Unfortunately the last major addition to the museum made the back of the museum the main entrance which is a shame because the front of the building is really impressive.
This building across the street from the museum is the main branch of the Detroit Public Library. I spent a lot of time here when I was in high school as our community did not have a public library and this one was the best in the area.
This is the main entrance hall of the DIA. Much more impressive than the new back door!
And the Great Hall, just beyond the entrance, and before the Rivera Courtyard.
The next few photos are of the Rivera murals. There were so many people, I had trouble getting all of it in, but there is a lot of meaning and people hidden in these images. Rivera was a communist and tucked in bits and pieces when he could. He also used Ford employees and popular people for his models.
This shows airplanes being built for war and for peace. Note the guys on the right wearing gas masks. The unseen panel just to the right of it shows the Michigan pharmaceutical industry, so the artist is showing here how industry can cause poisons as well as chemicals for good uses.
This group of images shows the nurturing of the earth and plants.
And this one shows the mining of coal and other materials for industry. The hands are struggling to escape from the sand and coal.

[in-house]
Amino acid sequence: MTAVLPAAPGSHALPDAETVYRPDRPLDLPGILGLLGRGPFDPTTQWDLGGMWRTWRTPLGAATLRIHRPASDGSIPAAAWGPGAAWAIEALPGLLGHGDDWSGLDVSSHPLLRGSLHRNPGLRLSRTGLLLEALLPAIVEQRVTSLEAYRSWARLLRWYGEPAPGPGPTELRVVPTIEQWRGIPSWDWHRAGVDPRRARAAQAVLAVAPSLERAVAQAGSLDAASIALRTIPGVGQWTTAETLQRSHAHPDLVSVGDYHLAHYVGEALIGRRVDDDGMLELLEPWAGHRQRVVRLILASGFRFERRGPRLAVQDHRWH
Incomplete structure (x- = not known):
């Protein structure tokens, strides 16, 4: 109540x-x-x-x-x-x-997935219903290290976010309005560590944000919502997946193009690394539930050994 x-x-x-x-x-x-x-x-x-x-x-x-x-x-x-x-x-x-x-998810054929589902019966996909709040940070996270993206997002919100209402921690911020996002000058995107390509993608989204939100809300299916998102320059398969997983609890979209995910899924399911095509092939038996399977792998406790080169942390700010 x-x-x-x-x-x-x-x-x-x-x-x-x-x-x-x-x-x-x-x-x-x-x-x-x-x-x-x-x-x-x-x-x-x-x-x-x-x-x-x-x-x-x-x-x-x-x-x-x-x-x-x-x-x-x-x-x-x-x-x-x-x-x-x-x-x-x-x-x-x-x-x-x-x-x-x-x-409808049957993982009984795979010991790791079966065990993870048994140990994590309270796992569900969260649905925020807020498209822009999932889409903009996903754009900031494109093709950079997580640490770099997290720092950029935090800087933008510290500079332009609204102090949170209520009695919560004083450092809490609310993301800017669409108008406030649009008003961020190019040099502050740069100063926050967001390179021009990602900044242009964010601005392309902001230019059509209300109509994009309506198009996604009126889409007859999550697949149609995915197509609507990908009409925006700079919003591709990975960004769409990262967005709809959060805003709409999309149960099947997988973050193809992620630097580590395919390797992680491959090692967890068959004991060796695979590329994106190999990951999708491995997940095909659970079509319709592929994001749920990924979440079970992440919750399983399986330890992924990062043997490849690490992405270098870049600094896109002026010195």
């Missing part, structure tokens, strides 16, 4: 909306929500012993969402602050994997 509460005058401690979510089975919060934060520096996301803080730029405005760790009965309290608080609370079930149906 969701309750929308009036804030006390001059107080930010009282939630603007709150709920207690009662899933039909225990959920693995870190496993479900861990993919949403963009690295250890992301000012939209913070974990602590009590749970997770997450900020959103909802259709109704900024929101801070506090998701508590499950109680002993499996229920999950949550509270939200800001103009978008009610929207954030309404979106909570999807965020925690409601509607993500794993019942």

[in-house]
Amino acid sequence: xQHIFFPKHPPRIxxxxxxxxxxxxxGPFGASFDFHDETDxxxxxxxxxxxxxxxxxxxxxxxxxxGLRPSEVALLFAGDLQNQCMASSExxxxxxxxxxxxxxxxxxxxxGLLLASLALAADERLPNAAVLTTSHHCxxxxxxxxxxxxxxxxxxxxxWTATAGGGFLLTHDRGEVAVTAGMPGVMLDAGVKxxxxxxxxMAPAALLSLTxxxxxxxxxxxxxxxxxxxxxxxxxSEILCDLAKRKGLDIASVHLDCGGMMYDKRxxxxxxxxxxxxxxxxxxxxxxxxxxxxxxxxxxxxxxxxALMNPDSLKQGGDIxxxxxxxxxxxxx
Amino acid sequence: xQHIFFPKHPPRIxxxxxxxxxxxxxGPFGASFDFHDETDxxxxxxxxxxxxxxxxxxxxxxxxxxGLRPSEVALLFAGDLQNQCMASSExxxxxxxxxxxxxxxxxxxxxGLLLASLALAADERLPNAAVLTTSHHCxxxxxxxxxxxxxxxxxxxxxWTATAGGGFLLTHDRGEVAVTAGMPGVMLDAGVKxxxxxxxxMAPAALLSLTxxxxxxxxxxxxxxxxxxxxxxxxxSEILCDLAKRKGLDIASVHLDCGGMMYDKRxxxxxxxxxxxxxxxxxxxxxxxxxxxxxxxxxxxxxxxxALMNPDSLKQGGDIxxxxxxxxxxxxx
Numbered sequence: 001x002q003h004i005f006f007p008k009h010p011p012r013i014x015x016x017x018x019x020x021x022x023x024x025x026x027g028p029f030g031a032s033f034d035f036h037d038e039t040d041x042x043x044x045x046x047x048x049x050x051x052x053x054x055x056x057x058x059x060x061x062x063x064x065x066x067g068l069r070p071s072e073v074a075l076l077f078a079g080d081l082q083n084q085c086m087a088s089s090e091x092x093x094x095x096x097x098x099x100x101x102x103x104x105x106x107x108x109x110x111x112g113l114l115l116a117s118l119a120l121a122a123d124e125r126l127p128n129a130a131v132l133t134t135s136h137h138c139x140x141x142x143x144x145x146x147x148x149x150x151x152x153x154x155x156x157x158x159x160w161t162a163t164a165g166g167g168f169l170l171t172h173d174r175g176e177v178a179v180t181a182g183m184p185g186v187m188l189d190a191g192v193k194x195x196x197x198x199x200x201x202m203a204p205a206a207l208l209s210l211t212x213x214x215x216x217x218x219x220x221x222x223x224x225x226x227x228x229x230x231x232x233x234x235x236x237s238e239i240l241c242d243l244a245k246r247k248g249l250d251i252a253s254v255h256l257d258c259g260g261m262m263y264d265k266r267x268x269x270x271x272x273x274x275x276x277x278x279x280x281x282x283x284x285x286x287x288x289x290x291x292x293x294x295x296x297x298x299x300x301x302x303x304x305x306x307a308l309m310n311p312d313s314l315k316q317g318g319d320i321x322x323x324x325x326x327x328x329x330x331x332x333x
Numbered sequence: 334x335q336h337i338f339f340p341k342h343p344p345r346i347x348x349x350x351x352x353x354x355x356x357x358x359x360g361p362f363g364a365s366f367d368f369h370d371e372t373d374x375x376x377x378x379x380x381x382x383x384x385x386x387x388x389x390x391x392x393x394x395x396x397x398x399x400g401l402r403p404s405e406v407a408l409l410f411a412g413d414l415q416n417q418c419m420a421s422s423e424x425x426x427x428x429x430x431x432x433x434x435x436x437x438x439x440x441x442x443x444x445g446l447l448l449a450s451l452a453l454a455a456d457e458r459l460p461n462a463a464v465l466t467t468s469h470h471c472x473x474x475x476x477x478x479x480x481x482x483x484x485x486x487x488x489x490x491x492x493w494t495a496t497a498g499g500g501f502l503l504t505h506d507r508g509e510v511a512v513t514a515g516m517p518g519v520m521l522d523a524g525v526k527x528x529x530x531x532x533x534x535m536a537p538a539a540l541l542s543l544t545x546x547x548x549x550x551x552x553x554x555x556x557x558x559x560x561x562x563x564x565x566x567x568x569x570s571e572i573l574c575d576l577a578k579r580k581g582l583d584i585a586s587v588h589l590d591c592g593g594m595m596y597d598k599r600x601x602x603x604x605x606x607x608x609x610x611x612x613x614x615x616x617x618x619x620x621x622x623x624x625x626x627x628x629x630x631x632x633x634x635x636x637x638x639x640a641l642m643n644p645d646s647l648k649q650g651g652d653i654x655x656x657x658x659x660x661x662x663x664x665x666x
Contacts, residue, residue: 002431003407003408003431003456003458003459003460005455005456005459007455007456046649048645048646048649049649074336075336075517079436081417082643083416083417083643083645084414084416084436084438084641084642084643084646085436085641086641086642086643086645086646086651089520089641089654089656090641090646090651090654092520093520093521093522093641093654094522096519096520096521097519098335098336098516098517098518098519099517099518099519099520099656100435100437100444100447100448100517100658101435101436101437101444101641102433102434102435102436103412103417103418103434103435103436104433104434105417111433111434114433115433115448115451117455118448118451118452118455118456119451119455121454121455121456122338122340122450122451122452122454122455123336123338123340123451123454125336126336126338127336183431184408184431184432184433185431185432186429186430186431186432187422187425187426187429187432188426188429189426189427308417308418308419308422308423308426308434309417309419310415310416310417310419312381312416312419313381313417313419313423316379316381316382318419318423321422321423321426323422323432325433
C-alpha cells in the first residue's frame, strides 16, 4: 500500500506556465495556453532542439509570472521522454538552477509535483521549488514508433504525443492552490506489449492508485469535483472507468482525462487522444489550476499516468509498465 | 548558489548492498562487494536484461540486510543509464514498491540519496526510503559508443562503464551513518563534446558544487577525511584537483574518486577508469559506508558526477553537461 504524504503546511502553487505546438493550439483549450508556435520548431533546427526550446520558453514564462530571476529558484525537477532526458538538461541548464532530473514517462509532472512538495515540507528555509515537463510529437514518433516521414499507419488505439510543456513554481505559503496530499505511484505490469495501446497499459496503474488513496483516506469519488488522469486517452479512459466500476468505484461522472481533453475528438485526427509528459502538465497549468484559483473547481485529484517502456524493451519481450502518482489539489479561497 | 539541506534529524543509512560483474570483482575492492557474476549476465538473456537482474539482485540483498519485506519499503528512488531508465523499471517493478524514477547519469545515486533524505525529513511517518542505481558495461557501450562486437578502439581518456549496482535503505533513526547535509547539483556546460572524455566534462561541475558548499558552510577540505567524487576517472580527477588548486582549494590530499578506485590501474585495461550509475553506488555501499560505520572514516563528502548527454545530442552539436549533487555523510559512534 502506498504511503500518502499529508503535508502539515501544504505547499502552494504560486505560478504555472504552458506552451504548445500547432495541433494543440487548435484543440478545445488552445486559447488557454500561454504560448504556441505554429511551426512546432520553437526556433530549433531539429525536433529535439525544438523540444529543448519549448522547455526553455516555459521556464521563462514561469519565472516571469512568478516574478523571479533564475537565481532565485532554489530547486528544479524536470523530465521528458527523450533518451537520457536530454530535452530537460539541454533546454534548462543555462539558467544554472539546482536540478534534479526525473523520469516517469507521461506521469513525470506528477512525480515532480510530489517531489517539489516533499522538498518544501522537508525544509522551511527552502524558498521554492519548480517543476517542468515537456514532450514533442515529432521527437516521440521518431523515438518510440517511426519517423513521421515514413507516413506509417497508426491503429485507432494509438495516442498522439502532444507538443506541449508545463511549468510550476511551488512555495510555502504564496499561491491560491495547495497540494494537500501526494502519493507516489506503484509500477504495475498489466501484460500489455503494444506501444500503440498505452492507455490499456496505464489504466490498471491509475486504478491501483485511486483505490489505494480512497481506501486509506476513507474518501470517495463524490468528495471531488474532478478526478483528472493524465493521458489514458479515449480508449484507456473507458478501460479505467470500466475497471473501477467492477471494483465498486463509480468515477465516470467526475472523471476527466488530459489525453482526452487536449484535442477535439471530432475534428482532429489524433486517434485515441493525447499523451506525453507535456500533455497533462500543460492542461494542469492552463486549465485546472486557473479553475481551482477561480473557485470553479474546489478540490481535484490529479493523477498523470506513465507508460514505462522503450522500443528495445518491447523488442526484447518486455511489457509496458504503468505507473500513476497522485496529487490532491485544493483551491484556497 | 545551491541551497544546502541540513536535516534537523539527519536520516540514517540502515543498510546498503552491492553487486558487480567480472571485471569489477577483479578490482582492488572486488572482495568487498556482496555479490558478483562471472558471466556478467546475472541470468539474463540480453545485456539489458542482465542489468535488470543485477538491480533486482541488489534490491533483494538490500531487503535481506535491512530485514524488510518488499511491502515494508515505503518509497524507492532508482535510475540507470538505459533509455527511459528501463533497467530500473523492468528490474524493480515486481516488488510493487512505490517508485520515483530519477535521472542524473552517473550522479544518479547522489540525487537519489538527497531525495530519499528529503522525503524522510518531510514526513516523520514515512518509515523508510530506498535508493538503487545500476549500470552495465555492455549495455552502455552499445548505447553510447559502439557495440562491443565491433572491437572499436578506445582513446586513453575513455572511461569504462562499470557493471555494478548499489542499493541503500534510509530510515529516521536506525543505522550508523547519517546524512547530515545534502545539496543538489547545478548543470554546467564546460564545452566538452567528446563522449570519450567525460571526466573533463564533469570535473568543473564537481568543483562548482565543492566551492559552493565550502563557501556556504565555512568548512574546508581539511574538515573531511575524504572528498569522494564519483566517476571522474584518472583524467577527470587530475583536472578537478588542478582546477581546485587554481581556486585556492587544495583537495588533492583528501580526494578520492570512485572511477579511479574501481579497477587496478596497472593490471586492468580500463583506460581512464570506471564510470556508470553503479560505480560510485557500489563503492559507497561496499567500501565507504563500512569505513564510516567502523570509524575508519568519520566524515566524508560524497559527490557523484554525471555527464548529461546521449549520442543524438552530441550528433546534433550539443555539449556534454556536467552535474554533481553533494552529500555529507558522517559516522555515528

On the bottom panel is the blast furnaces making steel at the Rouge Plant in Dearborn. I always look for my grandfather in this picture because he worked in the foundry as a foreman from 1915 to 1948.
A close-up of the bottom portion of the above.
There are a series of panels along the bottom on both the north and south wall, and this is the final one showing the workers heading home at the end of the day, tired and not very happy. This bridge is also famous for a union uprising.
More of the blast furnaces and the assembly line that never seems to end.
This is the Palm Court where food has been served for decades. With the enlargement of the museum a few years ago, two other restaurants have been added.
This is the back side of the museum with a Picasso.
This is the Center for Creative Studies next door. It is a fully-accredited college offering bachelor and masters degrees for people interested in the arts. You can get a degree in advertising and graphics, fashion, fine arts, interior design, photography, and product design. A very special place in Detroit!
Could not resist driving through downtown on my way home, even though Woodward avenue was down to two lanes with construction.
Detroit was hopping! Not only was there a Tigers game, but the streets were full of people from some kind of music festival on the riverfront.
Woodward is the main road through downtown Detroit. A lot of buildings are empty, but many have shops and restaurants on the ground floor and apartments above. Detroit is not quite dead yet!
This clock is a famous landmark that was saved when the old Kern's department store was destroyed. A new office building was built in its place.
This is the City County Building where I worked for ten months about 11 years ago. The four towers surrounding the taller building is the General Motors Headquarters with a hotel in the middle.
I was not able to get very good photos of the event on the river, but it was certainly noisy and full of people walking around.
I spent five hours at the DIA, but I really need to go back next time I am in town because I only saw about a third of it. I also need to go downtown and take some more photos.